I wanted to create this series because I believe that what happened 25 years ago in Srebrenica is part of Dutch history. Yet, before coming to Bosnia, I knew very little about what had happened. To be able to hear these stories, first hands from survivors was painful but necessary. As a storyteller, I regularly ask myself the question: what is the value of writing these stories down? How does the person sharing and reading benefit from this?

I created this series together with the

War Childhood Museum

from Sarajevo. Our approach to this series was to cover stories of people who’s childhoods are marked by the genocide. I’m aware that Srebrenica is a sensitive topic for many people. I received messages of people saying that we are only sharing one side of the story. By sharing these stories, we are not delegitimizing your story or pain. Stories can exist side by side. I genuinely believe that’s the power of storytelling. Only if we listen to each other, can we begin to understand, heal, and work towards a better future.

I want to encourage you to investigate this topic more. Yesterday, I finished watching the three-part series of Coen Verbraak called: ‘Srebrenica – De machtelozemissie van Dutchbat.’ (Translated: Srebrenica – the powerless mission of the Dutchbat) which I recommend watching (Unfortunately It’s only in Dutch). This series is an extremely valuable document which adds an extra dimension to this story.

Last but not least, I would like to ask you to sign this petition, which pleads that Srebrenica must be included in the Dutch education system. A group of four young women called ‘Bosnian girl’ leads this initiative, so far they already collected 15.846 signatures but they need 40.000 signatures in total. Let’s help them out!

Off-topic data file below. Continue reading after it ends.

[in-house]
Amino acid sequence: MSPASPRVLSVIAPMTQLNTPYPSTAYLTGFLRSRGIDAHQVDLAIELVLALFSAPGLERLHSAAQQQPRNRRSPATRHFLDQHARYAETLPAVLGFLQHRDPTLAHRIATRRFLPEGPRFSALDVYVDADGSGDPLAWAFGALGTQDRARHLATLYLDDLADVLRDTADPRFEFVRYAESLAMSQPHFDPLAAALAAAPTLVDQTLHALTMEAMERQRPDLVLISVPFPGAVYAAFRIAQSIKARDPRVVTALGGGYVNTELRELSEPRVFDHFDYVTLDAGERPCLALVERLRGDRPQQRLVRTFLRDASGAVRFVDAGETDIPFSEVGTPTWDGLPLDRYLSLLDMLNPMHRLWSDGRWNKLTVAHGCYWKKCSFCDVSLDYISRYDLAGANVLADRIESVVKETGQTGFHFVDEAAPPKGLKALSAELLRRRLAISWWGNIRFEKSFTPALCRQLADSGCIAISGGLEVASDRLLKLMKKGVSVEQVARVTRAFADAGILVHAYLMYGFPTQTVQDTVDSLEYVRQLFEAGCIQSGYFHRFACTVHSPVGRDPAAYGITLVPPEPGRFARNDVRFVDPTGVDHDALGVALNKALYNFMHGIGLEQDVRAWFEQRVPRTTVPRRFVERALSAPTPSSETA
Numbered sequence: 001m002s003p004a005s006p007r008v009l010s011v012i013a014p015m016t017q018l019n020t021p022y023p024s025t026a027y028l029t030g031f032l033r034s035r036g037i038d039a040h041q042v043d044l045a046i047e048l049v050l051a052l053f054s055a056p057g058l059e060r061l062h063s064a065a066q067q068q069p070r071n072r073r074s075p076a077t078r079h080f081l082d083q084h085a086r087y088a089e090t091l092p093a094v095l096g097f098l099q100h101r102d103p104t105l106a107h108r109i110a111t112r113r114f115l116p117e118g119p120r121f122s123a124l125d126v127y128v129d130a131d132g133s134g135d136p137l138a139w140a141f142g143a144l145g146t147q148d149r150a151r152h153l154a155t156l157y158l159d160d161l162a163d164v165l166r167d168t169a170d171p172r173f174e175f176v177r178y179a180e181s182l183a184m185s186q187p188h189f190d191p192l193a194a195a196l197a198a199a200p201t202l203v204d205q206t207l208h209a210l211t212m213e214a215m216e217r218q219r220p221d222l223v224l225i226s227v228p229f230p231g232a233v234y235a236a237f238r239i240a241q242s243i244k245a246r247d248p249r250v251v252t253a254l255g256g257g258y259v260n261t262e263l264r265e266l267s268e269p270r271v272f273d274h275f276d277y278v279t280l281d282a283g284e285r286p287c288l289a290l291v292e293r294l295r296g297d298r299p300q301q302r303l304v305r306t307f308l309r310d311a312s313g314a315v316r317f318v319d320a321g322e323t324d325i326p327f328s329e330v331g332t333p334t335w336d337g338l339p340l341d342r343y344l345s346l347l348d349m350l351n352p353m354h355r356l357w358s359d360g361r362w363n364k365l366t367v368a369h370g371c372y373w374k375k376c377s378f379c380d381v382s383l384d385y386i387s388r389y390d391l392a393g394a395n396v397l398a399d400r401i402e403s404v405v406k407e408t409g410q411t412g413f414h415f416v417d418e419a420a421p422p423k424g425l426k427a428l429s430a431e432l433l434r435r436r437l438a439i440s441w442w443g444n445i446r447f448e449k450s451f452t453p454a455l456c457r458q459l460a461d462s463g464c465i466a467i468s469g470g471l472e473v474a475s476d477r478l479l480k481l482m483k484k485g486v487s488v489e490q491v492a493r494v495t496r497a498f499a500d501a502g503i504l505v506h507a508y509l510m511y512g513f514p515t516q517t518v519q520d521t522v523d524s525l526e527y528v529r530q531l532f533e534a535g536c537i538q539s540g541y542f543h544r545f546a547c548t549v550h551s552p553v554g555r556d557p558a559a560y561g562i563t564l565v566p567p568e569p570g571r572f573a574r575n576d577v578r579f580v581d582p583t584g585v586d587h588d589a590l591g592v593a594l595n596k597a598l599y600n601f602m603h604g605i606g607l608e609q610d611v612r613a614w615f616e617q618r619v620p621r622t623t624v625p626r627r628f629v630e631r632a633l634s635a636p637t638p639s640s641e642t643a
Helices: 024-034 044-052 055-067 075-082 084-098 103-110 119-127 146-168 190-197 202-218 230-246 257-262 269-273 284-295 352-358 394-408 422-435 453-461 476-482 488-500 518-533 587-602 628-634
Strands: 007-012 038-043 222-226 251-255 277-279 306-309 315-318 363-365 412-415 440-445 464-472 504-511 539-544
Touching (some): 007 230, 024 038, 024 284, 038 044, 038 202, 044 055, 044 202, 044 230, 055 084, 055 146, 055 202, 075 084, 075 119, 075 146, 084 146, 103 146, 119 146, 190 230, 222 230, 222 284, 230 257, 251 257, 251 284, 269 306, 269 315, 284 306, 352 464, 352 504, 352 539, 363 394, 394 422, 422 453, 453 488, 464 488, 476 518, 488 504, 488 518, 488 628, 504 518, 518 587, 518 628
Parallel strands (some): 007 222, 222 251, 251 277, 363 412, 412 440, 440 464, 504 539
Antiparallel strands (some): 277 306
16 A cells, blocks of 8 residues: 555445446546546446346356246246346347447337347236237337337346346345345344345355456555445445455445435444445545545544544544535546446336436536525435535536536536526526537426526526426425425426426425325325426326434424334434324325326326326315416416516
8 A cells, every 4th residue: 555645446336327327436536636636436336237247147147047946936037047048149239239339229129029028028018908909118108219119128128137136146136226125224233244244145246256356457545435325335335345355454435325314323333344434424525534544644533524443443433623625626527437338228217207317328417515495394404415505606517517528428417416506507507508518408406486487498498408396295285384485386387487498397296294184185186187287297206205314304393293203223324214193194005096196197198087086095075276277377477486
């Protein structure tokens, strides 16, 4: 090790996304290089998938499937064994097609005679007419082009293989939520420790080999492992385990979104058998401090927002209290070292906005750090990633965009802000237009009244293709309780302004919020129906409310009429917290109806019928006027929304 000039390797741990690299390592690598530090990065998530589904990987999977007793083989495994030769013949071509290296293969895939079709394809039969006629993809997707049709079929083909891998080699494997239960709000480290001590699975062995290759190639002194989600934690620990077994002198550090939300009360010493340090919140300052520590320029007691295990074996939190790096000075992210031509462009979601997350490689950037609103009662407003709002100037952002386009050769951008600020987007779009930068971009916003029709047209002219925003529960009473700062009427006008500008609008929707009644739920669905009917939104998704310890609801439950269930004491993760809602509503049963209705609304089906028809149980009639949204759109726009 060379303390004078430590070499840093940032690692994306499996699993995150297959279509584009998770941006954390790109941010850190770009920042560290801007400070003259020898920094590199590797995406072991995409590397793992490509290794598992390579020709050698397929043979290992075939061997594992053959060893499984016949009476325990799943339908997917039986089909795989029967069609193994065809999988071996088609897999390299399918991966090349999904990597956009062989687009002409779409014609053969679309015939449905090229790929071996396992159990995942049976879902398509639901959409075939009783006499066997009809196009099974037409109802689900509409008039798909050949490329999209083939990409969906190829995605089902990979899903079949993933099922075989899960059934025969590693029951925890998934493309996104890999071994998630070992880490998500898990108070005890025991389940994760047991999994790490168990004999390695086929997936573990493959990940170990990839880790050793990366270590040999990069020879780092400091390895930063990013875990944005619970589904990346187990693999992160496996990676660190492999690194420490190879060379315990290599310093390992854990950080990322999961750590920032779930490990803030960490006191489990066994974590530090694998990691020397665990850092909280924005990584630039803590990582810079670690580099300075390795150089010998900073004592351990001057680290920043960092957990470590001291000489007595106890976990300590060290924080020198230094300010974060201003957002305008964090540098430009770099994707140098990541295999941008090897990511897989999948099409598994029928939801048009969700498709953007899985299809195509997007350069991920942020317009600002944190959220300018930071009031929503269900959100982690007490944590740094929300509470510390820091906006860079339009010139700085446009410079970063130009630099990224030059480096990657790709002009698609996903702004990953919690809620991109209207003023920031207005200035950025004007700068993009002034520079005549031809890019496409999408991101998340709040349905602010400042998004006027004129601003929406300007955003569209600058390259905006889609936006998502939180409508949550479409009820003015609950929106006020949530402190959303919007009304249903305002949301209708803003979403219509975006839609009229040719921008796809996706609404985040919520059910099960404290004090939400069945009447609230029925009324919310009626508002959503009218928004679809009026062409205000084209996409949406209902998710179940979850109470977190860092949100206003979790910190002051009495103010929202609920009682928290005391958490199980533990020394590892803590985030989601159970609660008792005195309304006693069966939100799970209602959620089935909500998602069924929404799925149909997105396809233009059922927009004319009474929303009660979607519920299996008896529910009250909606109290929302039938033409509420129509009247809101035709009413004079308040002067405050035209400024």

We hope you learned more about the Srebrenica genocide through the personal perspective of these courageous survivors. Thank you all for being so involved with this series.

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(4/4) "Years later, we found out, through a reconstruction based on stories from different people, that Sadif was seen carrying Enesa through the forest while she was already dead. People had told him to leave her body behind. Sadif had told them that he wouldn’t...

(3/4) "Years went by without any information about what happened to Enesa and Sadif. My mom had put the set of bed sheets in a plastic cover under her bed. Once in a while, she would take them out of the cover to wash them. Sometimes she would sew a flower on it....

(2/4) ''Days went by and we didn’t hear from Enesa and Sadif. Every day new refugees came in from Srebrenica. My mother and I would go to the refugee camps and ask people if they had seen Enesa and Sadif. We would show them pictures but nobody recognized them. Every...